A Welsh political party broadcast has come under fire for depicting a young man’s experience of coming out as an allegory for voting.
Plaid Cymru, a Welsh political party that advocates for an independent Wales and currently holds three seats in the UK parliament, released the advert last week.
In the first of three scenes, a young man enters a kitchen. “Mum, Dad, there’s something I need to tell you,” he tells his parents. “I’m voting Plaid. I’ve known for years that other parties don’t turn me on.
“I’ve pretended to be Labour to try and fit in but this time I’ve got to be honest and vote for the candidate that will stand up to me.”
He adds: “I’m happy, proud, proud that I am voting for a party that puts Wales first.”
There has been some criticism of the advert online.
Twitter user Benjamin Rock wrote: “Did I really just witness that? The plaid party political broadcast was shocking”.
Well @Plaid_Cymru who ever thought that taking the mick out of coming out was sensible needs firing! Extremely offended by your broadcast!— Benjamin Rock (@BennyBeaaar) March 5, 2015
Mr Rock later expanded on his remarks, explaining that he resented the political party drawing a comparison between the “decision” to choose a different political party and coming out to your friends and family.
“For LGBT people it’s not a decision, it’s something you are, and unlike people’s political views, nothing can change that,” he wrote on Pink News.
Twitter user Scott Treeby claimed: “Just seen the @Plaid_Cymru broadcast and think it's taking a mockery of 'coming out' don't think it was a good idea!”
A Plaid Cymru spokesperson told The Independent that they have had “an overwhelmingly positive response” to the advertisement.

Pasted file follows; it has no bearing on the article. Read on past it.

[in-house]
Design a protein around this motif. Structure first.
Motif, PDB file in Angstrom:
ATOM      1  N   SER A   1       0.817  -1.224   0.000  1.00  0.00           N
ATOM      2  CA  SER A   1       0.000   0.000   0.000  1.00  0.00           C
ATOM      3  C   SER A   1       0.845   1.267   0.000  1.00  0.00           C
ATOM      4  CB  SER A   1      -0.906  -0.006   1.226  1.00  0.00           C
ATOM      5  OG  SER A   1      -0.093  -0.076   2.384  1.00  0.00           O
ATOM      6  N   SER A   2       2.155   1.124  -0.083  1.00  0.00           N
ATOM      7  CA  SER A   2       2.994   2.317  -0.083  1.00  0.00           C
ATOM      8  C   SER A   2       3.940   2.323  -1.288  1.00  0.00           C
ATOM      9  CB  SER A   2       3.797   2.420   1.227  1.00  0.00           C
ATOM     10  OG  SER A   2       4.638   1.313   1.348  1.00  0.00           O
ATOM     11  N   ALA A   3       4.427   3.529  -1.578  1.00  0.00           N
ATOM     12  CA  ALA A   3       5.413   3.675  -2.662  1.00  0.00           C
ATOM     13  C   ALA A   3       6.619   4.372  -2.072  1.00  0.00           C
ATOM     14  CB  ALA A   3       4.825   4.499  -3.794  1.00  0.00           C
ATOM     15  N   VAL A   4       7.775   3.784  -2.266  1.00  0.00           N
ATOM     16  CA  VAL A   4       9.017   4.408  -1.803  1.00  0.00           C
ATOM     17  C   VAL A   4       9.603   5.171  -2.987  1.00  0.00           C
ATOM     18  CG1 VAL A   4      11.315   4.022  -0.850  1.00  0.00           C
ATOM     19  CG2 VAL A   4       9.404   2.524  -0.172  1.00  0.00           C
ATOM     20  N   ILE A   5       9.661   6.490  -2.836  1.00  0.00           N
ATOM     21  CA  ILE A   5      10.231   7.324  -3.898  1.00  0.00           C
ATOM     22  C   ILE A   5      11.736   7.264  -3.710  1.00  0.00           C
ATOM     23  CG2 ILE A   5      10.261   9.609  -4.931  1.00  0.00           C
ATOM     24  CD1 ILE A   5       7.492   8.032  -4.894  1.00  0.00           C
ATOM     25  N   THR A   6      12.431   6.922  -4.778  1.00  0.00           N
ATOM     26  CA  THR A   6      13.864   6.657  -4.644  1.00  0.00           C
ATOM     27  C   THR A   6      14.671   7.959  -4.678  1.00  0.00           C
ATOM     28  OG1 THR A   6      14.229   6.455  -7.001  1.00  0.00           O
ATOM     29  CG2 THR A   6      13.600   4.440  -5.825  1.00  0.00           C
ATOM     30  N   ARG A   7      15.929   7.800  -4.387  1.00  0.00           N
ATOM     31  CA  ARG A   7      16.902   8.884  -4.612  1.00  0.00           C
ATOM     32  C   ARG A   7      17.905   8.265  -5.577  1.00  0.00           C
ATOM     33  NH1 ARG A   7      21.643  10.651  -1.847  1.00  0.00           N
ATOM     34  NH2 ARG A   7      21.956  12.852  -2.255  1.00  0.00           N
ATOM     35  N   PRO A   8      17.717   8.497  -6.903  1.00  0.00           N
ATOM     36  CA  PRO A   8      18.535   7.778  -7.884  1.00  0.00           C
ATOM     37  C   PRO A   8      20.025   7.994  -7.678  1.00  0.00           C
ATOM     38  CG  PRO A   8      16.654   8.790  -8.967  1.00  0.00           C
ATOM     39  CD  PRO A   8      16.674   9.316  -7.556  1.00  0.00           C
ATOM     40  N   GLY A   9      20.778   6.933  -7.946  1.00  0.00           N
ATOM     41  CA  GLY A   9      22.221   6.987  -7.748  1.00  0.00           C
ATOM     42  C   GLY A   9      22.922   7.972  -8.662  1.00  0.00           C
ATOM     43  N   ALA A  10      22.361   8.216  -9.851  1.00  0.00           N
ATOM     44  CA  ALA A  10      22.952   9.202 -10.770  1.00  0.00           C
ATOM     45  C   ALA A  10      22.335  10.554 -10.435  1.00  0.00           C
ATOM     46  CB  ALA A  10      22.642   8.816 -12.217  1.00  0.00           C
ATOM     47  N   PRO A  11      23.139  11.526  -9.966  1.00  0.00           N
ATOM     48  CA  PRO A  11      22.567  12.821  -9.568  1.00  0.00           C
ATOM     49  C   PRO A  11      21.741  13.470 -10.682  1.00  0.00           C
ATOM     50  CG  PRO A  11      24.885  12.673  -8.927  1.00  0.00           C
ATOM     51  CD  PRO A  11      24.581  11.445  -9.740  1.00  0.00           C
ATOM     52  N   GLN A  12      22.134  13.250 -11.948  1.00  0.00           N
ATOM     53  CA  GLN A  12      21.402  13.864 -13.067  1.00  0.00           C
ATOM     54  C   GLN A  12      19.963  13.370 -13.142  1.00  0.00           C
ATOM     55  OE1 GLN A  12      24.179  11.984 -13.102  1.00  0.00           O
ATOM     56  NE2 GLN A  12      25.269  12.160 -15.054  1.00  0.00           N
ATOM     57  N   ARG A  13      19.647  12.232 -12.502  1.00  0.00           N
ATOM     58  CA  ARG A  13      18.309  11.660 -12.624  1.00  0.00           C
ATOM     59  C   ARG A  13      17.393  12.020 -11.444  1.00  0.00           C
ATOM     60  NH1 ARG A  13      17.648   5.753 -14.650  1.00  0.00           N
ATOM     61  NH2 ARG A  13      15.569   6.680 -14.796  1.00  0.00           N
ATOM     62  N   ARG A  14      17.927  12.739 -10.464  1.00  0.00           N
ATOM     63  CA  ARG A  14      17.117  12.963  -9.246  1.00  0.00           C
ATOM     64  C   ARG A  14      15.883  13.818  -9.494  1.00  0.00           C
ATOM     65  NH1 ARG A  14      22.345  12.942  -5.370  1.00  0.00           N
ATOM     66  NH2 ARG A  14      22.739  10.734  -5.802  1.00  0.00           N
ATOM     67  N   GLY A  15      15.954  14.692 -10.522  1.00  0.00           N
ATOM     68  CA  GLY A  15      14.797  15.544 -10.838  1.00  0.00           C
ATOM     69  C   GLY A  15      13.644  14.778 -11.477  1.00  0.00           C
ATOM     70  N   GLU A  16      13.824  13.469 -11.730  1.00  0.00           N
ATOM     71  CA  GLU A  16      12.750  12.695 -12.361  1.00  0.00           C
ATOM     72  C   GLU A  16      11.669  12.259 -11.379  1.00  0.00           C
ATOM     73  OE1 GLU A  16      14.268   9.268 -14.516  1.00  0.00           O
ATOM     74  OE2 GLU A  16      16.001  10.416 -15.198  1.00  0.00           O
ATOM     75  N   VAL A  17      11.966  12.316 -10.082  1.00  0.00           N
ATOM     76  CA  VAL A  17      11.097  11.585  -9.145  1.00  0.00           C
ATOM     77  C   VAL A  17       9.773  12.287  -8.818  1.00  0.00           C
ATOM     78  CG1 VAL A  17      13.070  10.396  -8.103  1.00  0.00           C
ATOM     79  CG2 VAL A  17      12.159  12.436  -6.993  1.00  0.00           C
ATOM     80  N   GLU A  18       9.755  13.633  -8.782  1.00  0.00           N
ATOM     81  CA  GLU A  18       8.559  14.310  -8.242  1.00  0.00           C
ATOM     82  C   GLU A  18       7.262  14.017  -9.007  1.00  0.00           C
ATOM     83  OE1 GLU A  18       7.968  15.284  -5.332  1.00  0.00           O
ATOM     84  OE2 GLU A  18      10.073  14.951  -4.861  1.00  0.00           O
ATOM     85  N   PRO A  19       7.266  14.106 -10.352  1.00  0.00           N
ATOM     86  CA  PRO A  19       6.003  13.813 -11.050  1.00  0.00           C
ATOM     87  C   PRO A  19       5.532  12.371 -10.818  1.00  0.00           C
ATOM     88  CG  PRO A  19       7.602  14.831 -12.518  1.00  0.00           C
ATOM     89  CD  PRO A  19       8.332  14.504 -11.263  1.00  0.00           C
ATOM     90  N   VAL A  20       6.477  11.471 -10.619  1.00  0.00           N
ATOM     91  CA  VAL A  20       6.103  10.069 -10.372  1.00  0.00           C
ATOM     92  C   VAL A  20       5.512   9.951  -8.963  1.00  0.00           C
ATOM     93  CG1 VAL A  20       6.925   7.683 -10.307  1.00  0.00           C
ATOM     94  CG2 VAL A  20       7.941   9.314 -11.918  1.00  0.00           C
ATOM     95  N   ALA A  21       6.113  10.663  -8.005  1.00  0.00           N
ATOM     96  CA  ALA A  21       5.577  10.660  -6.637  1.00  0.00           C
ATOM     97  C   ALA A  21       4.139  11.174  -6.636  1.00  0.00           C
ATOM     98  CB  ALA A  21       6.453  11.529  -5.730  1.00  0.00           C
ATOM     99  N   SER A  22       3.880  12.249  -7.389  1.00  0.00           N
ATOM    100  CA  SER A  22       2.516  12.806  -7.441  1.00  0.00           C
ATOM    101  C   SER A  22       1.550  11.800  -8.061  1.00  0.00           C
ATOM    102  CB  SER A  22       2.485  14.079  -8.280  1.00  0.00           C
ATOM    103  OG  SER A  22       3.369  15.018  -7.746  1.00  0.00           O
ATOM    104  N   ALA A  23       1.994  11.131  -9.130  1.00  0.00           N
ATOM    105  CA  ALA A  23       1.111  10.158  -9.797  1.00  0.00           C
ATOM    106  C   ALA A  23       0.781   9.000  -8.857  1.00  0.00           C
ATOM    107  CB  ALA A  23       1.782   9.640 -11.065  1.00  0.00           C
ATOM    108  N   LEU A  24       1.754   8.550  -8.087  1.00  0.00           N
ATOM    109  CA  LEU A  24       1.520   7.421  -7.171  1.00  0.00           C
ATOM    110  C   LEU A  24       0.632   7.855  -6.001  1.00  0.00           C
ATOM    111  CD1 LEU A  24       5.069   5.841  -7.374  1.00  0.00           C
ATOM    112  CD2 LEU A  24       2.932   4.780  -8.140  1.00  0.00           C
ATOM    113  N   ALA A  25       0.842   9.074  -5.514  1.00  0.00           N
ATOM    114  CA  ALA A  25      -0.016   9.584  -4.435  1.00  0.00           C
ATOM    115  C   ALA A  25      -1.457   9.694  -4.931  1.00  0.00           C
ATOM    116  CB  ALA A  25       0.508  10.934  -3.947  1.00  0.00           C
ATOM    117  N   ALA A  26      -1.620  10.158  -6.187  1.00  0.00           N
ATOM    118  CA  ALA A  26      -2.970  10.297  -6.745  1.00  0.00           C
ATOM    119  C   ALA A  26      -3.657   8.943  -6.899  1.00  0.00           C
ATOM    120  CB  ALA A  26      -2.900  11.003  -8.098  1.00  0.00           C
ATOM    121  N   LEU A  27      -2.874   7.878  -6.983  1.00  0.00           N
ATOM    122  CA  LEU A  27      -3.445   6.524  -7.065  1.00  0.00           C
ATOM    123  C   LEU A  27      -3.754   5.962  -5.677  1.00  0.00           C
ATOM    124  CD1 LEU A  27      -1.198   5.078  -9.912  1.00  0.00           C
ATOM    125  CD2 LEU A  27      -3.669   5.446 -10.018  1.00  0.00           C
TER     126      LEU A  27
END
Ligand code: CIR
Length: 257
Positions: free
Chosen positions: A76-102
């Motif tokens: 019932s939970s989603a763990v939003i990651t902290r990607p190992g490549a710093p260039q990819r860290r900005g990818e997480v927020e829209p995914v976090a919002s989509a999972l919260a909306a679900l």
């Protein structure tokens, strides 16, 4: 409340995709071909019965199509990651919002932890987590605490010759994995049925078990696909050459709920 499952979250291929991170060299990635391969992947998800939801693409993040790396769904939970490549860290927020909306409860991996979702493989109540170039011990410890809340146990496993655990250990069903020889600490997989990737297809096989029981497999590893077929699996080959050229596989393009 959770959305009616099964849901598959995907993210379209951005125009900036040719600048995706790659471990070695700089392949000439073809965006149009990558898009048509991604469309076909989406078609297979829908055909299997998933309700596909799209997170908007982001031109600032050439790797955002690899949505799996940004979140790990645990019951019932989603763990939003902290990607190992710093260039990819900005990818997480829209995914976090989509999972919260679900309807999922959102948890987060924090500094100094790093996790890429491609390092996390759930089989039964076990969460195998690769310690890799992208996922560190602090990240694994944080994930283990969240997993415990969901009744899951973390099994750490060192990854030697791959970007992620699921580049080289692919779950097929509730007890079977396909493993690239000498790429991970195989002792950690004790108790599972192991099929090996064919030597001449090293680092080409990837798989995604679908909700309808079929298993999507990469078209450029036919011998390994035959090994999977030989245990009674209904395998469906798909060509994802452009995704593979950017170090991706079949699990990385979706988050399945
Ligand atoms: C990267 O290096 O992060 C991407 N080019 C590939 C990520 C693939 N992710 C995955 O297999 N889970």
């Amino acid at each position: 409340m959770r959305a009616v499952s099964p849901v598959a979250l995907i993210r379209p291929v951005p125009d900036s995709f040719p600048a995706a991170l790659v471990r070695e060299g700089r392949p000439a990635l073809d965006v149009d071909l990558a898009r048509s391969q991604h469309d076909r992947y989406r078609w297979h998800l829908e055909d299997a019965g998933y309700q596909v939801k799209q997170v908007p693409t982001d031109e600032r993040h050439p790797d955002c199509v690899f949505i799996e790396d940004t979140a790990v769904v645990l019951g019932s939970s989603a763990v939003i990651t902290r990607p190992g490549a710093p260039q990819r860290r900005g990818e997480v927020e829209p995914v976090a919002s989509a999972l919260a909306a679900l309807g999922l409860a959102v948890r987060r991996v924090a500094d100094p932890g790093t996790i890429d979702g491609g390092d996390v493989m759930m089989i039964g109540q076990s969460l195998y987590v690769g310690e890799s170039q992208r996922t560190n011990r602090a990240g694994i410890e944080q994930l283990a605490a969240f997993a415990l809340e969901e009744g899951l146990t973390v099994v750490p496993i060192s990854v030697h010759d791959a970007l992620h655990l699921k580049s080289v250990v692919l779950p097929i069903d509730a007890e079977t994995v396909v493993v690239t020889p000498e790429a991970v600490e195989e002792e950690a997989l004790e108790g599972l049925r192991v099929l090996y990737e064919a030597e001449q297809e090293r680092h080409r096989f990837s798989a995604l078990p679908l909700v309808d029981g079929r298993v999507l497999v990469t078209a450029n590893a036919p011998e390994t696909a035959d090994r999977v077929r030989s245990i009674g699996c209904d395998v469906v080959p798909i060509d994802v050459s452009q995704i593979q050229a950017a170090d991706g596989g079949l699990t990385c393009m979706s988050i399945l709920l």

Election Analysis: The Key Voters
Election Analysis: The Key Voters
1/6 Settled Silvers
These are the comfortably-off over-60s, still in work or drawing a decent pension – or both – who are enjoying their entitlements such as the Winter Fuel Allowance, free bus passes and free TV licence. They are worried about immigration and Europe. Both the Conservatives – who are pledging to keep benefits for wealthier pensioners – and Ukip want their votes
2/6 Squeezed Semis
Slightly older than the Harassed Hipsters, they are the second key group for Labour’s family-focused election strategy. They are married couples on low to middle incomes who own unpretentious semi-detached homes in suburban areas. In 2001, these were the Pebbledash People sought by the Conservatives. Now the pebbledash is gone and a modest conservatory has been built at the back
3/6 Aldi Woman
In 1997 and 2001 she was Worcester Woman – a middle-class Middle Englander shopping at Marks & Spencer and Waitrose. Today, the age of austerity means she still goes to Waitrose for her basic food shop but cannily switches to Aldi for her luxury bargains such as Parma ham and prosecco. Identified by Caroline Flint, she is a key target of both Labour and the Conservatives
4/6 Glass Ceiling Woman
In her thirties or forties, she has an established career under her belt, perhaps in the “marzipan layer” – one position below the still male-dominated senior executive level. She is now, according to Nick Clegg, forced into making the “heart-breaking choice” between staying at home to bring up her children and going to work and forking out for high-cost, round-the-clock childcare
5/6 Harassed Hipsters
One of the two key groups identified by Labour as crucial to hand Ed Miliband the keys to Downing Street. Well-paid professional couples, often with children, they live in diverse urban and metropolitan areas rather than the suburbs. More comfortably off than most swing voters, they are time poor – struggling to balance raising a young family with busy work schedules
These are mainly first-time voters, though some are in their twenties – students and digital-age generation renters helping to fuel the “Green Surge”. Idealists, but with no tribal loyalty to any party, they are anti-austerity, middle class, living in urban areas. Despite studying at university or recently graduated, they are struggling to find decent jobs and want cheaper housing and a higher minimum wage
The spokesperson added that they party “has always been on the side of progressive forces, and we have an impeccable record on equality issues.”Reuse content